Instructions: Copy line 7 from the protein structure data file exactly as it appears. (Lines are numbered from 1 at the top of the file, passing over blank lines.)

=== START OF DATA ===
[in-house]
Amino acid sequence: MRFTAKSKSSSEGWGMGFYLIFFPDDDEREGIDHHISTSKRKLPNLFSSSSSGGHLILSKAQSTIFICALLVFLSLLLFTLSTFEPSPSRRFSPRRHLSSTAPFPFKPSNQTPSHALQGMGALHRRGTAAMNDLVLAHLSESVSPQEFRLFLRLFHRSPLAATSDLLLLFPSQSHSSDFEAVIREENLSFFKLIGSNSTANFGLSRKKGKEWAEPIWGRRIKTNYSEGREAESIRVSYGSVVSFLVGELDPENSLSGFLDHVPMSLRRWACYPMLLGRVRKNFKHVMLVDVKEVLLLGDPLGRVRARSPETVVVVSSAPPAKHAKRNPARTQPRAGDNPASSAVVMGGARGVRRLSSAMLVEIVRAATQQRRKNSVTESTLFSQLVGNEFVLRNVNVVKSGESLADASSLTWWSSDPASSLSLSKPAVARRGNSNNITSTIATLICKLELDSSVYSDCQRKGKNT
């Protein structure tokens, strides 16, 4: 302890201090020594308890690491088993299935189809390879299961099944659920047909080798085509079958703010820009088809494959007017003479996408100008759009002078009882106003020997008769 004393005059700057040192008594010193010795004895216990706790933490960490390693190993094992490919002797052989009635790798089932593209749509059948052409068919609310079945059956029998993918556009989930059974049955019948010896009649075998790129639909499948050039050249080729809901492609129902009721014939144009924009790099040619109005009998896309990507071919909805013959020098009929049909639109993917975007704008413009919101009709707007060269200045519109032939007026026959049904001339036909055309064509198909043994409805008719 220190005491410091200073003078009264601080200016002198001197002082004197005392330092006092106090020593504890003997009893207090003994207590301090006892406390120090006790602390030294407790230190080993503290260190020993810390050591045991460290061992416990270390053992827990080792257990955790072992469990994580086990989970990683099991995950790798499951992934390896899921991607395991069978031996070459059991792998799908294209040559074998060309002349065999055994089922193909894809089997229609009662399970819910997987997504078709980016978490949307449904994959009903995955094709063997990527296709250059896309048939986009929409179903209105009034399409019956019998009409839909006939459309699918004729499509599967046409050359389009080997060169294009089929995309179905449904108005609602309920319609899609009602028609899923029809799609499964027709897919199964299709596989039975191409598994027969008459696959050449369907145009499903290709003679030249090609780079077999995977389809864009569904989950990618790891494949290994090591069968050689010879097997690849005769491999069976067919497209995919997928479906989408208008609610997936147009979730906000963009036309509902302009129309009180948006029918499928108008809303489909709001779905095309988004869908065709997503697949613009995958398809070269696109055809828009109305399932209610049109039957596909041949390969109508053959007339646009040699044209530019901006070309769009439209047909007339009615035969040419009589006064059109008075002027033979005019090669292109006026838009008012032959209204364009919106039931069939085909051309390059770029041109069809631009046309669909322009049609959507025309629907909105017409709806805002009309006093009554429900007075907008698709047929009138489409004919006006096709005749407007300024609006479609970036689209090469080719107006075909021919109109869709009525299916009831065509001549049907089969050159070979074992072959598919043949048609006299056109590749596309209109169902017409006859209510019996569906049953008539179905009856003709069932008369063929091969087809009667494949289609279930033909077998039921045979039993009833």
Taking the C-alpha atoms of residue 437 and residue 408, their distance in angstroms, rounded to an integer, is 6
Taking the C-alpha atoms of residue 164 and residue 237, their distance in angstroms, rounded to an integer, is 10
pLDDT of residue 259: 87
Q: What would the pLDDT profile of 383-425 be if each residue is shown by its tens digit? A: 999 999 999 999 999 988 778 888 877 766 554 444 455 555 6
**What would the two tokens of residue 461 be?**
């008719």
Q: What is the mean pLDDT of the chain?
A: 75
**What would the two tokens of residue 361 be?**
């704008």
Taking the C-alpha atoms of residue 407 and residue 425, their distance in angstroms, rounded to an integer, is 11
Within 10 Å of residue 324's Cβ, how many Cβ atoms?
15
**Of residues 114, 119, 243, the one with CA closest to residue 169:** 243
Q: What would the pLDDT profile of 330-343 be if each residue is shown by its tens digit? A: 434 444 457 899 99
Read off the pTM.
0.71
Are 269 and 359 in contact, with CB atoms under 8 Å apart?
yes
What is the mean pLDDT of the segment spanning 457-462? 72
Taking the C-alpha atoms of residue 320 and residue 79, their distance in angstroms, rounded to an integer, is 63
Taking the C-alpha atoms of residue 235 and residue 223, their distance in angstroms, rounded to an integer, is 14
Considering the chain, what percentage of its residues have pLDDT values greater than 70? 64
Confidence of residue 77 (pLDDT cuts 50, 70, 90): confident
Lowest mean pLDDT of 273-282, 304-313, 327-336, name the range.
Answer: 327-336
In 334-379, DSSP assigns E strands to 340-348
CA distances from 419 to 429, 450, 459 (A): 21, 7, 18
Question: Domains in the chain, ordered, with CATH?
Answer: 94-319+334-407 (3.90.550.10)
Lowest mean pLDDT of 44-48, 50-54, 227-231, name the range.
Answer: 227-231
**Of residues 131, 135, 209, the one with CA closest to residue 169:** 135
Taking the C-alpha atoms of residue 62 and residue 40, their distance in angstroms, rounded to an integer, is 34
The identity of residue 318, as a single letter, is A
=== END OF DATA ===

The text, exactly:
Q: What would the pLDDT profile of 383-425 be if each residue is shown by its tens digit? A: 999 999 999 999 999 988 778 888 877 766 554 444 455 555 6